How the Fiscal Cliff Is Like the Super Bowl

 | Dec 19, 2012 | 2:00 PM EST
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It' s not if, but when. That's what the market's saying, and it doesn't blink anymore when commentators say things like, "They are really digging in their heels and not rising above" the politics of the moment.

You could say that some of this confidence comes from calls like the one from Oracle (ORCL) last night, indicating that the fiscal cliff is having no impact at all and that December was fabulous. Plenty of companies are saying things are fine. But I don't think that's the reason we aren't getting hurt when President Obama has a tough press conference about going over the cliff. For every Oracle, there's a GE (GE) or a Wal-Mart (WMT) that says things are slowing because of the cliff. So let's discount that.

No, it's the idea that there is give, that the president and the GOP are taking softer lines and that some deal can be crafted that everybody hates -- including the ratings agencies -- even if it isn't crafted until the Super Bowl. Taking the analogy a bit further, we don't know which teams will be in the Super Bowl, but we know there will be a Super Bowl and we know there will be a fiscal cliff, too.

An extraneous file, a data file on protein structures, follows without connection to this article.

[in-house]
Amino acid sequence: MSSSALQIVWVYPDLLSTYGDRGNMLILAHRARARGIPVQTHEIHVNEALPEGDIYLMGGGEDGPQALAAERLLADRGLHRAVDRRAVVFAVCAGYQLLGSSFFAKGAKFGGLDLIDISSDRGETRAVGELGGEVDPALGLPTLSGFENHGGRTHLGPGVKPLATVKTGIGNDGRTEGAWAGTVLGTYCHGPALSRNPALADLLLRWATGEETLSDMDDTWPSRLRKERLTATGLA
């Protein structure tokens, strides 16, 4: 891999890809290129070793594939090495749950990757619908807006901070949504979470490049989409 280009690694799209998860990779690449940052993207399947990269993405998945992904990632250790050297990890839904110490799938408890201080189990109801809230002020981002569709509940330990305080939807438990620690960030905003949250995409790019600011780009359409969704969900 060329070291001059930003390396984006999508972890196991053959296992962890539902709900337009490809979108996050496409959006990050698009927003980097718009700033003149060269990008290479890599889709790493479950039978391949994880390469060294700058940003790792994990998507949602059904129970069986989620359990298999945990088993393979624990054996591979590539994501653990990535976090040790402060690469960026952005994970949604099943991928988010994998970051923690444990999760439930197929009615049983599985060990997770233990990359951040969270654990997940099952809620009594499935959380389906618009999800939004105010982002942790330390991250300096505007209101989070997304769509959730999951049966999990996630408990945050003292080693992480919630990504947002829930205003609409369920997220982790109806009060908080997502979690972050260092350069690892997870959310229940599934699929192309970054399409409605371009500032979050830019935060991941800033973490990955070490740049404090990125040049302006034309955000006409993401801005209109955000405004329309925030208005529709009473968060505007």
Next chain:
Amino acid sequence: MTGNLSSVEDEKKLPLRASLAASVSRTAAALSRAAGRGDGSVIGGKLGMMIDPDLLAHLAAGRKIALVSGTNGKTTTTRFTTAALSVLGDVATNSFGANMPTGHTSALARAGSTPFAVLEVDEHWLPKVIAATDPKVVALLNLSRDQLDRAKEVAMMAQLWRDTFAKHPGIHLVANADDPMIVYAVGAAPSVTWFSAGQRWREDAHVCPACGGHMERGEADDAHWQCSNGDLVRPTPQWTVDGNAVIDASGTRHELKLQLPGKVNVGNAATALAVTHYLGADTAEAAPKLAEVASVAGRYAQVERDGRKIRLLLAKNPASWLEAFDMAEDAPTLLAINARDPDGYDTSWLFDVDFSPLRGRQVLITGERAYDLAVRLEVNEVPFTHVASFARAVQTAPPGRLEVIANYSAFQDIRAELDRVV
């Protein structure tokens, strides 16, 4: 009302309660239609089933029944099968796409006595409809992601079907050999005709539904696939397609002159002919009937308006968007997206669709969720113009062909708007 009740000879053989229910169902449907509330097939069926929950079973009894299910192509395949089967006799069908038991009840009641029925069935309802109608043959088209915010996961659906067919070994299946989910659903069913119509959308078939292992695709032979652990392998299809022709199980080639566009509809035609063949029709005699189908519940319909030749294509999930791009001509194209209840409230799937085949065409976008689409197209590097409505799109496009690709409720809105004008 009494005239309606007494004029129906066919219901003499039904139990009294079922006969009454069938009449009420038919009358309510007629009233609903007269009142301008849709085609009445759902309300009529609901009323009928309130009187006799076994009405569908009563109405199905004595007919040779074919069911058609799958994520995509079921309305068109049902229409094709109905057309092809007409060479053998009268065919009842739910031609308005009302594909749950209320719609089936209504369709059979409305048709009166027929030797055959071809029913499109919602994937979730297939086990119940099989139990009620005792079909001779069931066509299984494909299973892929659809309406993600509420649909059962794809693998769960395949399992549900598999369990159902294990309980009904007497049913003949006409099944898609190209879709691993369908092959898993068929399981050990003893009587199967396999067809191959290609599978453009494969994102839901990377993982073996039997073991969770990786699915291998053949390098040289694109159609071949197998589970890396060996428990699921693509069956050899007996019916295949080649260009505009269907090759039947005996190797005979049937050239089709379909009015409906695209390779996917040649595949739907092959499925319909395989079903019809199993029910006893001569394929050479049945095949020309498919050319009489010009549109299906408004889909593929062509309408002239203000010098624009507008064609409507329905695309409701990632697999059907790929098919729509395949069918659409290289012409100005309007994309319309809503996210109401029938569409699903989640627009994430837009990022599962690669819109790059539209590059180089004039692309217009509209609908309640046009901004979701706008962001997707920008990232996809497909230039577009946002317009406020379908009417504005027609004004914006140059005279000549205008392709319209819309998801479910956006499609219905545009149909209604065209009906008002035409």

Meanwhile, incredibly, the Fed once again has the equity and bond markets' backs. Companies and individuals can continue to refinance and lower the coupon on existing debt while the competition to stocks remains nil thanks to the Fed's bond-buying program. Plus, the program will continue until what the stock market really wants, employment growth, occurs.

So the Fed helps our country get over the fiscal cliff with a pontoon bridge until we build a real structure that gets the job done permanently.

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